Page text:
Thoughts for Remembrance Sunday

File:Sargent, John Singer (RA) - Gassed - Google Art Project.jpg
They shall grow not old, as we that are left grow old:

Age shall not weary them, nor the years condemn.
At the going down of the sun and in the morning,
We will remember them.

They died for the aggrandisement of an Empire that our worthless ruling class eventually lost in hock to the Americans, and for the profits of armaments makers that have long since gone bust or been sold to foreigners.

Here’s a better choice of poems for commemoration:

It was a summer evening,
Old Kaspar’s work was done,
And he before his cottage door
Was sitting in the sun,
And by him sported on the green
His little grandchild Wilhelmine.

She saw her brother Peterkin
Roll something large and round,
Which he beside the rivulet
In playing there had found;
He came to ask what he had found,
That was so large, and smooth, and round.

Old Kaspar took it from the boy,
Who stood expectant by;
And then the old man shook his head,
And, with a natural sigh,
“‘Tis some poor fellow’s skull,” said he,
“Who fell in the great victory.

“I find them in the garden,
For there’s many here about;
And often when I go to plough,
The ploughshare turns them out!
For many thousand men,” said he,
“Were slain in that great victory.”

“Now tell us what ’twas all about,”
Young Peterkin, he cries;
And little Wilhelmine looks up
With wonder-waiting eyes;
“Now tell us all about the war,
And what they fought each other for.”

“It was the English,” Kaspar cried,
“Who put the French to rout;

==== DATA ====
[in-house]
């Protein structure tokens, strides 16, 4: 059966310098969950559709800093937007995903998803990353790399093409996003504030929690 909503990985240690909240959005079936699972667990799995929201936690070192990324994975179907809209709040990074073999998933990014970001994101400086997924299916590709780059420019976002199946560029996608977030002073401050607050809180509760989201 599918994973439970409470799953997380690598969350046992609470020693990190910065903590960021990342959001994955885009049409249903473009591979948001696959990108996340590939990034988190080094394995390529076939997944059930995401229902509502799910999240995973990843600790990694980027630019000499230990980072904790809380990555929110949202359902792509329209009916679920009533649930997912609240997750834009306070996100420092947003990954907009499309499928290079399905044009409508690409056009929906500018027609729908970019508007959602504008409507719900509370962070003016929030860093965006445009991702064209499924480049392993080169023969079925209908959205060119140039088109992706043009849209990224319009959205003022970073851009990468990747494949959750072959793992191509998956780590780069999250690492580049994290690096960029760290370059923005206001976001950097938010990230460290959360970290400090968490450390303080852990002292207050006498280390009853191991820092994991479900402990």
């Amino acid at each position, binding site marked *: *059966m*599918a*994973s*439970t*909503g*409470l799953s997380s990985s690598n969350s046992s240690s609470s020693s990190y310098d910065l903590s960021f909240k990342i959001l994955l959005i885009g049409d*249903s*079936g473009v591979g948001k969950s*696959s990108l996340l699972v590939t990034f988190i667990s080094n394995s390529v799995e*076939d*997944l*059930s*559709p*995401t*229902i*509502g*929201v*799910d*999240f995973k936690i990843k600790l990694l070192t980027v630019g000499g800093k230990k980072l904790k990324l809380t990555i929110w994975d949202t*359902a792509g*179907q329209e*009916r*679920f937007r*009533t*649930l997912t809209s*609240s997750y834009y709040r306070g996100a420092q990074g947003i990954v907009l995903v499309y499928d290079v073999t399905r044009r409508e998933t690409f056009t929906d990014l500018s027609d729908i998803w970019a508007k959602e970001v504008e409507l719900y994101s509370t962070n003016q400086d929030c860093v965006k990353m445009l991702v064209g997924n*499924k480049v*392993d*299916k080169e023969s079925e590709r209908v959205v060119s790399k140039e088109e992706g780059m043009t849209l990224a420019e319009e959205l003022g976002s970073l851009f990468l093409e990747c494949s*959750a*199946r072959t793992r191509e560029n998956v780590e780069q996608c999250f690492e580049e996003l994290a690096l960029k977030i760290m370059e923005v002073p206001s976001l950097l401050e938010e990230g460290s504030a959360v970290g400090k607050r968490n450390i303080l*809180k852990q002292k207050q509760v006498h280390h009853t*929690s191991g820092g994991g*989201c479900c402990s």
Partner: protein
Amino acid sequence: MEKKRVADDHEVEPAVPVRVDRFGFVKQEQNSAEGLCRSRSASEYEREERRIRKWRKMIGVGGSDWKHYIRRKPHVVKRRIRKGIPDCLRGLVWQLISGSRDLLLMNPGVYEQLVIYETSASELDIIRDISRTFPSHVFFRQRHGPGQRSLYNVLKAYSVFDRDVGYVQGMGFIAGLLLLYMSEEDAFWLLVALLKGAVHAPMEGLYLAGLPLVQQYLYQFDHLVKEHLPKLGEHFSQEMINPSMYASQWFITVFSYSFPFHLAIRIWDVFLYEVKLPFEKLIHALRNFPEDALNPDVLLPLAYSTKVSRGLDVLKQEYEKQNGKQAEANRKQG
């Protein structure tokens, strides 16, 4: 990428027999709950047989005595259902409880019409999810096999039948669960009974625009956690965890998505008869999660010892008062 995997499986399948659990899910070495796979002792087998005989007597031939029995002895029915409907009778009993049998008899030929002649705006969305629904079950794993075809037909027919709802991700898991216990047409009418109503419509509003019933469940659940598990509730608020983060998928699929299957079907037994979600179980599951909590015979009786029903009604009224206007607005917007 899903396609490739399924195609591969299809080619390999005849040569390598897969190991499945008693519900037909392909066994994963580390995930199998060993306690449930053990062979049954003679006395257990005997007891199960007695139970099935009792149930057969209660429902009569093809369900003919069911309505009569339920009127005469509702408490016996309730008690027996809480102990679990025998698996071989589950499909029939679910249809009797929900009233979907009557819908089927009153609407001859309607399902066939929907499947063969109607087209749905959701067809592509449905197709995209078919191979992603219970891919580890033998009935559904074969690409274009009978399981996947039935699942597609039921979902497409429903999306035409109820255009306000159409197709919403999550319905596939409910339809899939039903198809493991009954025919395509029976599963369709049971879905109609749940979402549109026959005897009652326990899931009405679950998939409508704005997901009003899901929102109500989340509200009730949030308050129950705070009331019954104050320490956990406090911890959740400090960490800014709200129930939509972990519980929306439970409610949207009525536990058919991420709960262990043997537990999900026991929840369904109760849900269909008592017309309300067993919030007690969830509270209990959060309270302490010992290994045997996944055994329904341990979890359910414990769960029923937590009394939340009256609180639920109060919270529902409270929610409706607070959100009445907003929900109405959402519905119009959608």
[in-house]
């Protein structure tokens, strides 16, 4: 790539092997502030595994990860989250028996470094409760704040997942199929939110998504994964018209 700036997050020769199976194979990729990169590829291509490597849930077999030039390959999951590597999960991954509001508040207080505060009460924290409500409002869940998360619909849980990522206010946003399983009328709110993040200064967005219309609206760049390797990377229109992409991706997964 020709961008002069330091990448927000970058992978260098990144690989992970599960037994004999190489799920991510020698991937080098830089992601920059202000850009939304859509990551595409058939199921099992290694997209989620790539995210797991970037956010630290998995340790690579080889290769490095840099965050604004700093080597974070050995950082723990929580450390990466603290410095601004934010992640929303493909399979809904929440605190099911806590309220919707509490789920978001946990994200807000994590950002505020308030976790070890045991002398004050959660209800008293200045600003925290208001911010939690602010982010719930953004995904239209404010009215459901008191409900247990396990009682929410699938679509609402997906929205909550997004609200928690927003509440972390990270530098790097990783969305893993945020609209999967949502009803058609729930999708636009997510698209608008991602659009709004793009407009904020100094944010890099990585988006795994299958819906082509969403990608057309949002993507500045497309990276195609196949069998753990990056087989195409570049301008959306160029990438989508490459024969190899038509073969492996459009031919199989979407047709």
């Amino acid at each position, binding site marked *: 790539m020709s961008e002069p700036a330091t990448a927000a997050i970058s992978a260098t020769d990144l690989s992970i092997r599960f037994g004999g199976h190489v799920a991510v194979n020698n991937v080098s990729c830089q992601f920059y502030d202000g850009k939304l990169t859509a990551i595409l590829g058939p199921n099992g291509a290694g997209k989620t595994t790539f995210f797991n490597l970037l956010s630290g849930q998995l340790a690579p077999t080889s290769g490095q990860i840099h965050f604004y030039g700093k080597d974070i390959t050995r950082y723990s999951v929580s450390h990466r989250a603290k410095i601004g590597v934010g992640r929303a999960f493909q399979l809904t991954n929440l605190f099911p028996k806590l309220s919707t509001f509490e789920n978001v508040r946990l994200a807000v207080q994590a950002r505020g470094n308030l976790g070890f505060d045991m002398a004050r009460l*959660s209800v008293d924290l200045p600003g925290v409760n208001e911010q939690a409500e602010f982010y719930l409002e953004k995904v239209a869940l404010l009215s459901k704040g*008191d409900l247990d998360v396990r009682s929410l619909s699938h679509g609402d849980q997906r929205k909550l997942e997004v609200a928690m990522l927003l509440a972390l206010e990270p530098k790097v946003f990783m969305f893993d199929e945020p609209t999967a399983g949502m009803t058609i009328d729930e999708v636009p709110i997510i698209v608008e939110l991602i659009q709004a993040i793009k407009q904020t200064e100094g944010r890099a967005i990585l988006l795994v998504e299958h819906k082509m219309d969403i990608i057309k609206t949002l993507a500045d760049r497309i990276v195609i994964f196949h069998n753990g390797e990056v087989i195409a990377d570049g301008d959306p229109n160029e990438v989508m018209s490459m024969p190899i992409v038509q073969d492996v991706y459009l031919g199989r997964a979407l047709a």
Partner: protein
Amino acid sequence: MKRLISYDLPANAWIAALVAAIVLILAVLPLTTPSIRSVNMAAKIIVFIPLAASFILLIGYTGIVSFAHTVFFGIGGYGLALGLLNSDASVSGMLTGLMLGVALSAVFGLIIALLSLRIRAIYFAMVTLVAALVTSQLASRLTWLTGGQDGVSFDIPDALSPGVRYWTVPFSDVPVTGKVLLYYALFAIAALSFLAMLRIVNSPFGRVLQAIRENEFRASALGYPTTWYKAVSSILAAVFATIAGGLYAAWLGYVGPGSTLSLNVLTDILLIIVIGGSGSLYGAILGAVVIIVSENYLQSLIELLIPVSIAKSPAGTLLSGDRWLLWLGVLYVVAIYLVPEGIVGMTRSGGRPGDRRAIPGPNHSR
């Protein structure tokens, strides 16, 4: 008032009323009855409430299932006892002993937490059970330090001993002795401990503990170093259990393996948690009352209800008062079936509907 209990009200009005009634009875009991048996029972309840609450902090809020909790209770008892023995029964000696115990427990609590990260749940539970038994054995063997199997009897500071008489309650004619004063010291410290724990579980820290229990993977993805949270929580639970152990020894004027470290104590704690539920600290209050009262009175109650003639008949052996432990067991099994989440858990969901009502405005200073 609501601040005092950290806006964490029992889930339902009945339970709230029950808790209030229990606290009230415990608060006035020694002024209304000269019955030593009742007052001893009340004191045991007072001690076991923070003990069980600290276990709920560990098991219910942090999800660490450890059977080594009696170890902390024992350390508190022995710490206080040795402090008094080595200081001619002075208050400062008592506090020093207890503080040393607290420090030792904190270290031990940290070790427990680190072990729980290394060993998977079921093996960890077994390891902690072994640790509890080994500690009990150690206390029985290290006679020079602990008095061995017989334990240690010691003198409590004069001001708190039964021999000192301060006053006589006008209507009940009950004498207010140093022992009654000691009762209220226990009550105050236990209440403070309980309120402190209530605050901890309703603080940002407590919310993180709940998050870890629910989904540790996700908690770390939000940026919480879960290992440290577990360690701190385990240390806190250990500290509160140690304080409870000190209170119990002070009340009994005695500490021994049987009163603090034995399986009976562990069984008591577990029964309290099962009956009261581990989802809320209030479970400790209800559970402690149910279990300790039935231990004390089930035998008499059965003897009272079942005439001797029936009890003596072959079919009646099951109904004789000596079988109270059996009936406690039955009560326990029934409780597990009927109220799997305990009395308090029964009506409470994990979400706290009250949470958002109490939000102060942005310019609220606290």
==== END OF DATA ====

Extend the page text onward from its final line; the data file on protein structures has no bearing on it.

But what they fought each other for,
I could not well make out;
But everybody said,” quoth he,
“That ’twas a famous victory.

“My father lived at Blenheim then,
Yon little stream hard by;
They burnt his dwelling to the ground,
And he was forced to fly;
So with his wife and child he fled,
Nor had he where to rest his head.

“With fire and sword the country round
Was wasted far and wide,
And many a childing mother then,
And new-born baby died;
But things like that, you know, must be
At every famous victory.

“They say it was a shocking sight
After the field was won;
For many thousand bodies here
Lay rotting in the sun;
But things like that, you know, must be
After a famous victory.

“Great praise the Duke of Marlbro’ won,
And our good Prince Eugene.”
“Why, ’twas a very wicked thing!”
Said little Wilhelmine.
“Nay… nay… my little girl,” quoth he,
“It was a famous victory.

“And everybody praised the Duke
Who this great fight did win.”
“But what good came of it at last?”
Quoth little Peterkin.
“Why that I cannot tell,” said he,
“But ’twas a famous victory.”

6 responses to “Thoughts for Remembrance Sunday

  1. It scans as it sings, it sadly rings true and is very good…

  2. When you come to power, Sean, you will need a War Secretary who loves and understands you as a friend, and what you fight for. You will want this sort of stuff stopped.

    I’m beginning to think you ought to give me “Foreign Affairs” also, and I’ll trade back “shutting all the scumbag-Universities and gleefully-firing all their staff and students” to someone else.

    Like Mr Blake said Aelric needed Priscus to do what he did, in the last need.

  3. Poignant and so sadly true.

  4. The more I look at this war, the more out of proportion all the destruction seems in relation to the issues at stake.

    Sobering to think that it might have been no worse than a re-run of 1870 without British involvement, and probably no one would ever have heard of Hitler or Stalin.

  5. Liam Pickering

    If only Hitler hadn’t been born… if only the Brits had not got involved in WWI… if only Eve hadn’t eaten that apple…!

  6. Nothing more futile than “what ifs…”, at least as far as the past is concerned–Time only goes one way.